For more details information on these issues, including how you can mitigate them, see our recent article.

How will these ‘buffer zones’ work?

Both Verizon and AT&T have made an agreement with the FAA to turn off transmitters in close proximity to select major airports for a further six months. During this time the FAA will be able to better assess the potential for interference.

These buffer zones will apply within the last twenty seconds of flying time in all directions from the airport.

FAA Buffer Zone

How did the FAA choose the list?

A number of factors were taken into account. These included traffic volume, how many low visibility days there are each year, and how close the airports were to the new antennas.

Other major airports were not included for various reasons such as those in areas where the networks aren’t being rolled out, ones that are far enough away from the antennas, or  fields with no CAT II/III facilities.

CAT II/III equipment and frequency of fog were two of the factors that helped the FAA decide which airports would be ‘buffered.’

Important US Resources

In recent months the FAA has published a number of important documents for pilots dealing with this looming 5G issue:

….for a detailed breakdown of these, click here.

The US isn’t alone.

There have also been some developments north of the border in Canada, where 5G networks are being progressively rolled out.

On Dec 23, Transport Canada published its own Safety Alert (CASA 2021-08) with some important recommendations for pilots. This was the big one – avoid flying RNP AR approaches that are not protected by buffer zones in IMC conditions, unless you have another way to identify terrain (such as weather radar). This is because the TAWS may not be reliable.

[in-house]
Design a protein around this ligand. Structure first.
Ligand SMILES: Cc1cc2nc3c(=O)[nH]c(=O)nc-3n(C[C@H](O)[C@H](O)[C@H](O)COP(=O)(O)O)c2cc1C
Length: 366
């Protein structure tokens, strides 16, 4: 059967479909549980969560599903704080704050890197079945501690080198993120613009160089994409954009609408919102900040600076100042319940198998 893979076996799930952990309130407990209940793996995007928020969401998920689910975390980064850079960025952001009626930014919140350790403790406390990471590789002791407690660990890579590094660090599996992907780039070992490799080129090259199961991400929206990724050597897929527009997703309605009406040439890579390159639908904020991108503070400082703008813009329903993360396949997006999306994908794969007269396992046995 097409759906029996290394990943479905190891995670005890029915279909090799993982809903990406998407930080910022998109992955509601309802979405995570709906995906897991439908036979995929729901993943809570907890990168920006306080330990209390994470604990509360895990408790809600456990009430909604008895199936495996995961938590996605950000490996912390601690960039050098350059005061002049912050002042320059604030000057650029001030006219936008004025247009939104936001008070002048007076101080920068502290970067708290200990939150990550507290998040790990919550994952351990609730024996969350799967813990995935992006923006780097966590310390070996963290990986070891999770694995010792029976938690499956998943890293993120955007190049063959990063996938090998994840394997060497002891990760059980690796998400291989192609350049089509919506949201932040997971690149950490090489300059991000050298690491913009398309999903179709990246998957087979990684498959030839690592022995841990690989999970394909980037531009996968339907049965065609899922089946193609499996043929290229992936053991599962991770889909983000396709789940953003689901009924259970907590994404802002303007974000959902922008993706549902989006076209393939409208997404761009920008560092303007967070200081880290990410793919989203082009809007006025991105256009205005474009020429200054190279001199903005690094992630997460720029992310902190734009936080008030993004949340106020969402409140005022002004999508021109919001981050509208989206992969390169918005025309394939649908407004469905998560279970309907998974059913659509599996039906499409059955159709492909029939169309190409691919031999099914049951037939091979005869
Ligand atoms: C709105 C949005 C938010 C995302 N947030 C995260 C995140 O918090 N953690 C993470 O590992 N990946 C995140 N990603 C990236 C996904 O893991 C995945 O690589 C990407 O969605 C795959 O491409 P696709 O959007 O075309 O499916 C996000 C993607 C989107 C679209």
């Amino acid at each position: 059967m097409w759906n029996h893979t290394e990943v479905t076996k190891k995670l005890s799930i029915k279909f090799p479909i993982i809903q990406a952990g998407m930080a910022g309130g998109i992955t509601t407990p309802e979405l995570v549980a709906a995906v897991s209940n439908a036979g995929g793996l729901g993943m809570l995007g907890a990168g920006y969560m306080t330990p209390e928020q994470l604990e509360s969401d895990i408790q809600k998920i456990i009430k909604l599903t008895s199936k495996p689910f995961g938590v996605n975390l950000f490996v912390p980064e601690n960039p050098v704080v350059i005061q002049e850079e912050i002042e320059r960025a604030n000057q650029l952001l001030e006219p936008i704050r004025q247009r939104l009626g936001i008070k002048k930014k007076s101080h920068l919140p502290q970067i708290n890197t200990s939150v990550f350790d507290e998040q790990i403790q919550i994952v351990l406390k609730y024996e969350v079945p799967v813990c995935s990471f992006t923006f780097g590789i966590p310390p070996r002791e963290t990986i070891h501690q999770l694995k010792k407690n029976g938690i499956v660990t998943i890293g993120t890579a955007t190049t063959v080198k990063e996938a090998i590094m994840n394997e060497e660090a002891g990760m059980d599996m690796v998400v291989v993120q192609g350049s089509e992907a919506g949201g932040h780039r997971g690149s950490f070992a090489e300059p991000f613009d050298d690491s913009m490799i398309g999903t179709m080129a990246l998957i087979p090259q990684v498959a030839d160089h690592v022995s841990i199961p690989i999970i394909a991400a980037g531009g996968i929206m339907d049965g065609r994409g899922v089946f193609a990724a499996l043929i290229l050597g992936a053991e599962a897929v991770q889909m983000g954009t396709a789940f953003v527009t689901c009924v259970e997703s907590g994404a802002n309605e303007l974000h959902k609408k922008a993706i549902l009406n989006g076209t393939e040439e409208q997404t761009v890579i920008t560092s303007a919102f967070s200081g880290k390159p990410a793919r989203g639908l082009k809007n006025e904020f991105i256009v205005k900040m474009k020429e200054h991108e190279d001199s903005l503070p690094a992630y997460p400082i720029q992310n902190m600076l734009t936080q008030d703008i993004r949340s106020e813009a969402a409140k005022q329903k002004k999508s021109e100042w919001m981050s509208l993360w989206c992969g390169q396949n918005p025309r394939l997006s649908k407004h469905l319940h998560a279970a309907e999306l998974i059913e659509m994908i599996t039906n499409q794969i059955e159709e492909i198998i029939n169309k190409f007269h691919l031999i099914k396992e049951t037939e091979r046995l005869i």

What next?

Industry efforts to understand the safety impact to aviation from these networks are ongoing. That means working directly with airlines and manufacturers, and it will take time. Temporary buffer zones help, but long-term solutions are needed.

But there’s 5G in other countries. Why is this such a big issue in the US?

A few reasons. Signal strengths will be much higher in the US than in other countries’ networks around the world.

Other design features and protections in place for aviation overseas have not been mandated on network providers. These include measures such as tilting antennas down, introducing permanent buffer zones, rules on how close antennas can be to airports and reduced power levels.

Other countries have 5G, but the new US networks present some unique challenges. Courtesy: Statista

Stay Updated

There are two places to stay updated as this all develops. The first is the FAA’s official 5G website found here. The NBAA have also published a handy resource you can access by clicking here.


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Chris Shieff

Chris Shieff

OPSGROUP team member and Airbus pilot. Based in sunny Auckland, New Zealand. Question for us? Write to